After receiving his MD from Queen’s University in Kingston, Ontario and a rotating internship at Lion’s Gate Hospital, North Vancouver, BC, Dr. Karsan practiced medicine in rural BC and the Northwest Territories before working as a volunteer with Médecins Sans Frontières. He then completed his residency in Hematological Pathology at the University of British Columbia (UBC) followed by a Research Fellowship at the University of Washington.
Currently, Dr. Karsan is Professor of Pathology and Laboratory Medicine at UBC, and Distinguished Scientist at Canada’s Michael Smith Genome Sciences Centre at BC Cancer. Dr. Karsan has been supported by several prestigious awards over the years, including 10 years as a Clinician-Scientist awardee of the Canadian Institutes of Health Research, 10 years as a Scholar of the Michael Smith Foundation of Health Research and currently as the recipient of the John Auston BC Cancer Foundation Clinical Scientist Award.
Dr. Karsan is internationally recognized in the field of blood cancer research. His translational research lab has generated seminal work on the role of noncoding RNAs and innate immune signaling in blood cancers. He currently leads a team of six principal investigators in a Terry Fox Research Institute Program Project in acute leukemia research. He is a member of various international hematology committees including: the International Working Group for Prognosis in Myelodysplastic Syndromes (MDS), the Experimental Hematology Subcommittee of the Society for Hematopathology, and the Laboratory Assays Working Group for the Myeloid Malignancies Precision Medicine Initiative. In 2002, he co-founded the Centre for Blood Research at UBC with nine other principal investigators.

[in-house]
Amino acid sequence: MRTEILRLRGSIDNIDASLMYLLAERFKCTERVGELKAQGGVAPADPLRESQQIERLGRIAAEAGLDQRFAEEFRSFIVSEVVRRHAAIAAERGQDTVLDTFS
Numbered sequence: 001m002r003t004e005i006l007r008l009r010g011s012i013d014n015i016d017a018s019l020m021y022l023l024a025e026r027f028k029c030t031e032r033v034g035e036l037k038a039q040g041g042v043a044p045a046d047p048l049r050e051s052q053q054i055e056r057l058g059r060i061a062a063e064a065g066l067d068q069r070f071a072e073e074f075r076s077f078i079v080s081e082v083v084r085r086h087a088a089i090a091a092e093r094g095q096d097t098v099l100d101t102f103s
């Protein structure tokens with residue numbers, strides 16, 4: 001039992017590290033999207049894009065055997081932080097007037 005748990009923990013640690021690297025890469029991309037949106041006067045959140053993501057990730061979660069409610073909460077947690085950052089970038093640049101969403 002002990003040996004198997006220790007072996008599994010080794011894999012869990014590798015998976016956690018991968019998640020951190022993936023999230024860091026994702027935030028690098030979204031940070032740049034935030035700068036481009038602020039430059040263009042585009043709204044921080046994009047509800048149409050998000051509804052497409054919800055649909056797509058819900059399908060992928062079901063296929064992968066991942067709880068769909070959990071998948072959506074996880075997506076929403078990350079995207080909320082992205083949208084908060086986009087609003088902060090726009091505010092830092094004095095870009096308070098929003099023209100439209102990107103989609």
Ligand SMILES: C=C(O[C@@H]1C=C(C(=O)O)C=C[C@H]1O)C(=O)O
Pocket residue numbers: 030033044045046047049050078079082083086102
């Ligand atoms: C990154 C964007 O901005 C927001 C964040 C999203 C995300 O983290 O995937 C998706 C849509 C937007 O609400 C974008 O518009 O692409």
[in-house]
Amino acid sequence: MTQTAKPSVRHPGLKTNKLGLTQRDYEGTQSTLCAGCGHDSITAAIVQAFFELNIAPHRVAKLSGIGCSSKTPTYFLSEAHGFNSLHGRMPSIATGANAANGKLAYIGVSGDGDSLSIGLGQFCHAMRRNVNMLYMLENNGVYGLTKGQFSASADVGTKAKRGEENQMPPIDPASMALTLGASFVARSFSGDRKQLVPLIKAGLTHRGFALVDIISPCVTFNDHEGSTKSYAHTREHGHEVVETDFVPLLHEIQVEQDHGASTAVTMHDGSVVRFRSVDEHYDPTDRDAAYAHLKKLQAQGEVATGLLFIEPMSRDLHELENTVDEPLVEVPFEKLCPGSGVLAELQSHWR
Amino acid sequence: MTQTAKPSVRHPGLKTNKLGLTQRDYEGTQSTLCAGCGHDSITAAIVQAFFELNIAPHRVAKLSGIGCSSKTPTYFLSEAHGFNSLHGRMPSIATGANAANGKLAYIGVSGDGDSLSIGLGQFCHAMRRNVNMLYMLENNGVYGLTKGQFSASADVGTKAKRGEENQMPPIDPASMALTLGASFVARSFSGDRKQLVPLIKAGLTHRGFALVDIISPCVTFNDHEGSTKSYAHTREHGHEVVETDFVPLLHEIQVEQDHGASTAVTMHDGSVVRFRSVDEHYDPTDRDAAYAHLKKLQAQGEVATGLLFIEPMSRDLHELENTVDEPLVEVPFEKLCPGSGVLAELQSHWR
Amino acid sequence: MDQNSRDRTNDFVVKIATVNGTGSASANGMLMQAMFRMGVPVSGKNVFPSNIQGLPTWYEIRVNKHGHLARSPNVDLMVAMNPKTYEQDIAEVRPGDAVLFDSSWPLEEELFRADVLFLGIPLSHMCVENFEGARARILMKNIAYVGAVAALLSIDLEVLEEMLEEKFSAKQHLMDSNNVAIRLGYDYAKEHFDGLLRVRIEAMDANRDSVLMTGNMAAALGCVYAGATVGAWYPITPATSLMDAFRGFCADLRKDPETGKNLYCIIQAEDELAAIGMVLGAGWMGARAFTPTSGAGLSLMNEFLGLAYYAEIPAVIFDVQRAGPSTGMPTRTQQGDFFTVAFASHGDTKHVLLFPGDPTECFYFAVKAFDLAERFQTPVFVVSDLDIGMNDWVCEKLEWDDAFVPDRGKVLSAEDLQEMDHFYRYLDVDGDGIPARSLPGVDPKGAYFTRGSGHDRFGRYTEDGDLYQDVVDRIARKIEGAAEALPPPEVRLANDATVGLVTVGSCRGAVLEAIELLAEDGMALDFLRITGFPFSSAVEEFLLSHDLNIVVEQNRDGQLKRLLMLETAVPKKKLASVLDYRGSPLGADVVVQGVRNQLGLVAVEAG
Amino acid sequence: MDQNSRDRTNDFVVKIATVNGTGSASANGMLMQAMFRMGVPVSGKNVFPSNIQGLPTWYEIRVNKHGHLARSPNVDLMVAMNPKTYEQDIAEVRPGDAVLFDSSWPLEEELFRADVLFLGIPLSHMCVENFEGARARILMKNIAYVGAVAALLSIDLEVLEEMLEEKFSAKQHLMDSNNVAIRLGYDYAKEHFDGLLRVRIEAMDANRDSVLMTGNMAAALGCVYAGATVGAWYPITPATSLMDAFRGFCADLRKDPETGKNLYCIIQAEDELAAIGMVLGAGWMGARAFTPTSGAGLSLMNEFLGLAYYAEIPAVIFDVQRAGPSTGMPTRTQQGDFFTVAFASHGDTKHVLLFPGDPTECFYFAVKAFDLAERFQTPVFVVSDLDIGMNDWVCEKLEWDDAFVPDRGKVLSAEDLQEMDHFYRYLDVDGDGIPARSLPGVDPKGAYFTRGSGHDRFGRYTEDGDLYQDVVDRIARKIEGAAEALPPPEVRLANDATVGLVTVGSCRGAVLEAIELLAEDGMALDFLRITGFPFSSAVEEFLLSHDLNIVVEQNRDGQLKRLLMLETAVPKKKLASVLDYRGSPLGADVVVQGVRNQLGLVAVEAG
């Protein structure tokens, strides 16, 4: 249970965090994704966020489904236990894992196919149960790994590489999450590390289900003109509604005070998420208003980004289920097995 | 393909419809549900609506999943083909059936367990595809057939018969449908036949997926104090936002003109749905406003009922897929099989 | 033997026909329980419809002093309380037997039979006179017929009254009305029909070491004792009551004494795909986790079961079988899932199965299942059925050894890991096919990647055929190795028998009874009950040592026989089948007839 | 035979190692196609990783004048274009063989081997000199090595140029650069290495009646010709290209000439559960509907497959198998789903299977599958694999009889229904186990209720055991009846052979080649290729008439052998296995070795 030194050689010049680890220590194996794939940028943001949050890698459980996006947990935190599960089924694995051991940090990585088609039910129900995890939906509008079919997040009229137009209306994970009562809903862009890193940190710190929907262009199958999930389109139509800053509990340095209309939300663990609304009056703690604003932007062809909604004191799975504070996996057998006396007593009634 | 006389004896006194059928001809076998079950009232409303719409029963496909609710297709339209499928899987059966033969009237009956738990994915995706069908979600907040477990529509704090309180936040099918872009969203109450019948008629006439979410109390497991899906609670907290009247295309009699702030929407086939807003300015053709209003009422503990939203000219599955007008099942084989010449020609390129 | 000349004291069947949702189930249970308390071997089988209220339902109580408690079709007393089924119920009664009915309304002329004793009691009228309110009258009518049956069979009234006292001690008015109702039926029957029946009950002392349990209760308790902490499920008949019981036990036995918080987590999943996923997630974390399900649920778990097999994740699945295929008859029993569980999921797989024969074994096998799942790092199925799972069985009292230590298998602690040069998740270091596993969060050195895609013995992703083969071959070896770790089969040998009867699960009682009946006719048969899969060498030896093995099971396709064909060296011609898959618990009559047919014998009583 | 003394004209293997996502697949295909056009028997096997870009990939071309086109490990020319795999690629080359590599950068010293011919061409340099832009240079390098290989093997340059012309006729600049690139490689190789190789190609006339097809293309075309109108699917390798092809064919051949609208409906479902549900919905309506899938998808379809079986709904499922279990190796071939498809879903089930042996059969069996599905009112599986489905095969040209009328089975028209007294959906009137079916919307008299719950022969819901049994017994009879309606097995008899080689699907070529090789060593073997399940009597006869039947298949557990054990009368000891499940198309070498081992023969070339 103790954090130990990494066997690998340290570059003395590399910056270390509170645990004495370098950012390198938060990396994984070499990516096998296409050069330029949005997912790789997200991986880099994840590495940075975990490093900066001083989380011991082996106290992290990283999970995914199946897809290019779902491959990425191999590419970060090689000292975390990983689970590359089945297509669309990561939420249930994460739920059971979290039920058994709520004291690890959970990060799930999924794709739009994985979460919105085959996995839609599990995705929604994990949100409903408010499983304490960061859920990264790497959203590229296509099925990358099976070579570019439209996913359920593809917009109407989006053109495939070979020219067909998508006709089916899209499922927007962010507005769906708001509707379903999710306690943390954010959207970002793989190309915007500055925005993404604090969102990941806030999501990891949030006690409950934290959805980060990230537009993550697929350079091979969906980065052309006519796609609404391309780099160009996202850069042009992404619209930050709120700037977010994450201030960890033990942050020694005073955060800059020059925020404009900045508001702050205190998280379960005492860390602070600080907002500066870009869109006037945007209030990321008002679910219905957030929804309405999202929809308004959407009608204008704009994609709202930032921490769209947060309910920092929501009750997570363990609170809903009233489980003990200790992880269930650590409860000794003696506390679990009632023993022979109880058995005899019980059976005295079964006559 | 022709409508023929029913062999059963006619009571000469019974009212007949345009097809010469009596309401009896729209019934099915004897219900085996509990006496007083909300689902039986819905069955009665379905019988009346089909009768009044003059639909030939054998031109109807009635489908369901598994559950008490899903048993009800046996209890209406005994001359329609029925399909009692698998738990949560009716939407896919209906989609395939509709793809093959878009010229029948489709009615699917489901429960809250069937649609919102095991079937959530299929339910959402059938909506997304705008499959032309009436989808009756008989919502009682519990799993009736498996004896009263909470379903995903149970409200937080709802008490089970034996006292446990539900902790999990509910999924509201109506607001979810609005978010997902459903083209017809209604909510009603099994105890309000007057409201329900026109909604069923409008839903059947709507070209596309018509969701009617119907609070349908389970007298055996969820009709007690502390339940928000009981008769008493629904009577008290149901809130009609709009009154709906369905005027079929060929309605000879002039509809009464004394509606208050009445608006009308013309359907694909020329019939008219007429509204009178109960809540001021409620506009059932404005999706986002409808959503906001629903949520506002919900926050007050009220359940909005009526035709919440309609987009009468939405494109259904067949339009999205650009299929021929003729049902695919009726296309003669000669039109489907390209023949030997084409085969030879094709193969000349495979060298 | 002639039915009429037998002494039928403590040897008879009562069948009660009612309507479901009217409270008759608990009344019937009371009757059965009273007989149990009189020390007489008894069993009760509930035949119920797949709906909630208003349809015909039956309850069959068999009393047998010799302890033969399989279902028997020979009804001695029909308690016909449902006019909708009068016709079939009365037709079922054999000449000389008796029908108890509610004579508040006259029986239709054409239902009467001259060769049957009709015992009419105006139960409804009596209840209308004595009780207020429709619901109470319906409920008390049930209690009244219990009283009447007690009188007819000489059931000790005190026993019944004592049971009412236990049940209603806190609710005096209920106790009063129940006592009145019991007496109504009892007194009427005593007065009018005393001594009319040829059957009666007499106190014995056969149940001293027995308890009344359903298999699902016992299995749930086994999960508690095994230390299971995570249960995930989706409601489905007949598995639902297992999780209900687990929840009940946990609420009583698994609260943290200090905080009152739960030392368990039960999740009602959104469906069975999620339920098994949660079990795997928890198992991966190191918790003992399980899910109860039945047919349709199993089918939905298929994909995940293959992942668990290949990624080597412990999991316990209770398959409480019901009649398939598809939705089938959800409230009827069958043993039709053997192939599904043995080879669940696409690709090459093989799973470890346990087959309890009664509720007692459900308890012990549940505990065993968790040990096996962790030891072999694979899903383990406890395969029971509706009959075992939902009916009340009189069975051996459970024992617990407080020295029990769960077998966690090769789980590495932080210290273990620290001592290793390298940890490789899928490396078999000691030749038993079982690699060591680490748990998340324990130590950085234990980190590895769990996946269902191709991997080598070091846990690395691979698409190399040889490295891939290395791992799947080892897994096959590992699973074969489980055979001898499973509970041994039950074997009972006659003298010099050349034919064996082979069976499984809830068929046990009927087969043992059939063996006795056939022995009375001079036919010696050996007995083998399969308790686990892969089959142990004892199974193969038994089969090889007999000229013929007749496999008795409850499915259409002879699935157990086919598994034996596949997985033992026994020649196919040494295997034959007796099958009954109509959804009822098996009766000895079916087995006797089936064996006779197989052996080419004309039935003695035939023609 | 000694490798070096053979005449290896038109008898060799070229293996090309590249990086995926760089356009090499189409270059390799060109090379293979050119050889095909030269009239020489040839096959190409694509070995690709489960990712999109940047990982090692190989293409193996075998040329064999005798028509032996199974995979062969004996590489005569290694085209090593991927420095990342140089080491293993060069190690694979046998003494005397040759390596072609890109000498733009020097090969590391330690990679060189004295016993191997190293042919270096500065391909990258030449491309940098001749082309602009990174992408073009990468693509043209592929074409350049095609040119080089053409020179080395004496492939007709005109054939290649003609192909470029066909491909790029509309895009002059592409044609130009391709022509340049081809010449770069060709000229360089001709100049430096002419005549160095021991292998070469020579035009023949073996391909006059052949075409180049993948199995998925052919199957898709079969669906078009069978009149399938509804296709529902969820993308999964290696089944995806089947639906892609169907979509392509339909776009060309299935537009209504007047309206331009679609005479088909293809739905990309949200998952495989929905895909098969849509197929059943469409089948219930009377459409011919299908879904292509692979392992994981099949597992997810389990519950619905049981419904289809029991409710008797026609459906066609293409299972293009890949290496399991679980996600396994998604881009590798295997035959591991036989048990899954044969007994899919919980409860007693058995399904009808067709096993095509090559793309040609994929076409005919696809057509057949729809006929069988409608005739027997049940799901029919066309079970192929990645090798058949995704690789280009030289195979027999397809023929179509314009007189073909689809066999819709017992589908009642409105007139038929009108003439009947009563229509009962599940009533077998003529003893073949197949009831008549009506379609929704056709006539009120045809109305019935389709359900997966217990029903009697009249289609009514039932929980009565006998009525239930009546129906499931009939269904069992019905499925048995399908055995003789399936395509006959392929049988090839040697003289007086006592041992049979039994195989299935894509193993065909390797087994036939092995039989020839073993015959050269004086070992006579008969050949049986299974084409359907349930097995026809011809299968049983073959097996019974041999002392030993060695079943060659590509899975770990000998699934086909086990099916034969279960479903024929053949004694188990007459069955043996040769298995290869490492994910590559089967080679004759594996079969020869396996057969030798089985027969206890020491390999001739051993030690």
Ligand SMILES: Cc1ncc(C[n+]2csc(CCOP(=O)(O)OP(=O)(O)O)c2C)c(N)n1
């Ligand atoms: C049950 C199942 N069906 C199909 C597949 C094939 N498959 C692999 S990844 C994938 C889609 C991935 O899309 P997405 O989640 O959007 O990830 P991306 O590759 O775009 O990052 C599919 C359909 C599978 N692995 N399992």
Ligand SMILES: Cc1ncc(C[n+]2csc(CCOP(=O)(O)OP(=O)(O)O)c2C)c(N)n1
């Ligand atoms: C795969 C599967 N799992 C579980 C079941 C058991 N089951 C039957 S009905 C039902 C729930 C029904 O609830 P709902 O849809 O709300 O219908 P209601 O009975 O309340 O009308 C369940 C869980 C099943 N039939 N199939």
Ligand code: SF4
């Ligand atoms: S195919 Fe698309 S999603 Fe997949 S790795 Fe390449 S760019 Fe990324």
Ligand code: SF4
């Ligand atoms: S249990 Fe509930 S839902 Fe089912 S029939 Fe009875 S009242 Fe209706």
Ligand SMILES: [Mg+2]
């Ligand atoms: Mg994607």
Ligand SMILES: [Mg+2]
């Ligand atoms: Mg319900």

Dr. Karsan is also a recognized leader in delivering clinical genomic assays. He established the first clinically-accredited Next Generation Sequencing lab in Canada, the Centre for Clinical Genomics (CCG), which was among the first few in the world. The CCG delivers cancer genomic testing to the entire population of BC. This pioneering work in using next generation sequencing (NGS) technologies for clinical delivery has led to the development of various novel technologies for clinical genomic testing including a unique genetic barcoding system to track patient samples, development and implementation of clinical reporting software for NGS, development of a transcriptomic (RNA sequencing) test for leukemia and clinical validation of a non-invasive prenatal test (NIPT) by whole genome sequencing in partnership with the Prenatal Screening Program of BC. He has led clinical trials in leukemia and solid tumour genomics and hereditary cancer diagnostics. These innovations led to a reduction of wait times for hereditary cancer testing, reduced per test costs and have increased the breadth of genes being tested. His work has been recognized with the Health Employers Association of BC (HEABC) Gold Apple award for Innovation.